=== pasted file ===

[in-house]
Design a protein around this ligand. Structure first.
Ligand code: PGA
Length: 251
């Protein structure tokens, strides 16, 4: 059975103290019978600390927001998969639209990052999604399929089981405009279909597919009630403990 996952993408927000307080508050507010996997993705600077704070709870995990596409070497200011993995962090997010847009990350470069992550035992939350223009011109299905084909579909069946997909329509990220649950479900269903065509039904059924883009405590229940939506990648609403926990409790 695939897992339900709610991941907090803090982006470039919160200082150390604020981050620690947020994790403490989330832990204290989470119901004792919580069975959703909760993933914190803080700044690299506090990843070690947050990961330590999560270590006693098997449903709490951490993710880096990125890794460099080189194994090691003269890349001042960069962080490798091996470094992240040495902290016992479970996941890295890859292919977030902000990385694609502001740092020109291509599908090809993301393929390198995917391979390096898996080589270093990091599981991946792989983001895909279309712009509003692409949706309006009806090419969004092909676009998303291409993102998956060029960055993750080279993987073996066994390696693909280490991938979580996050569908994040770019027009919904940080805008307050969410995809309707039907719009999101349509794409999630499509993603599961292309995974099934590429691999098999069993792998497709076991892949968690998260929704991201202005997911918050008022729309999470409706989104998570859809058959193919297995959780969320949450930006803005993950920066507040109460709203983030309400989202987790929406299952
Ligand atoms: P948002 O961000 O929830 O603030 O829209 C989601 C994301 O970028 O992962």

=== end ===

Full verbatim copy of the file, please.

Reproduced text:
[in-house]
Design a protein around this ligand. Structure first.
Ligand code: PGA
Length: 251
């Protein structure tokens, strides 16, 4: 059975103290019978600390927001998969639209990052999604399929089981405009279909597919009630403990 996952993408927000307080508050507010996997993705600077704070709870995990596409070497200011993995962090997010847009990350470069992550035992939350223009011109299905084909579909069946997909329509990220649950479900269903065509039904059924883009405590229940939506990648609403926990409790 695939897992339900709610991941907090803090982006470039919160200082150390604020981050620690947020994790403490989330832990204290989470119901004792919580069975959703909760993933914190803080700044690299506090990843070690947050990961330590999560270590006693098997449903709490951490993710880096990125890794460099080189194994090691003269890349001042960069962080490798091996470094992240040495902290016992479970996941890295890859292919977030902000990385694609502001740092020109291509599908090809993301393929390198995917391979390096898996080589270093990091599981991946792989983001895909279309712009509003692409949706309006009806090419969004092909676009998303291409993102998956060029960055993750080279993987073996066994390696693909280490991938979580996050569908994040770019027009919904940080805008307050969410995809309707039907719009999101349509794409999630499509993603599961292309995974099934590429691999098999069993792998497709076991892949968690998260929704991201202005997911918050008022729309999470409706989104998570859809058959193919297995959780969320949450930006803005993950920066507040109460709203983030309400989202987790929406299952
Ligand atoms: P948002 O961000 O929830 O603030 O829209 C989601 C994301 O970028 O992962």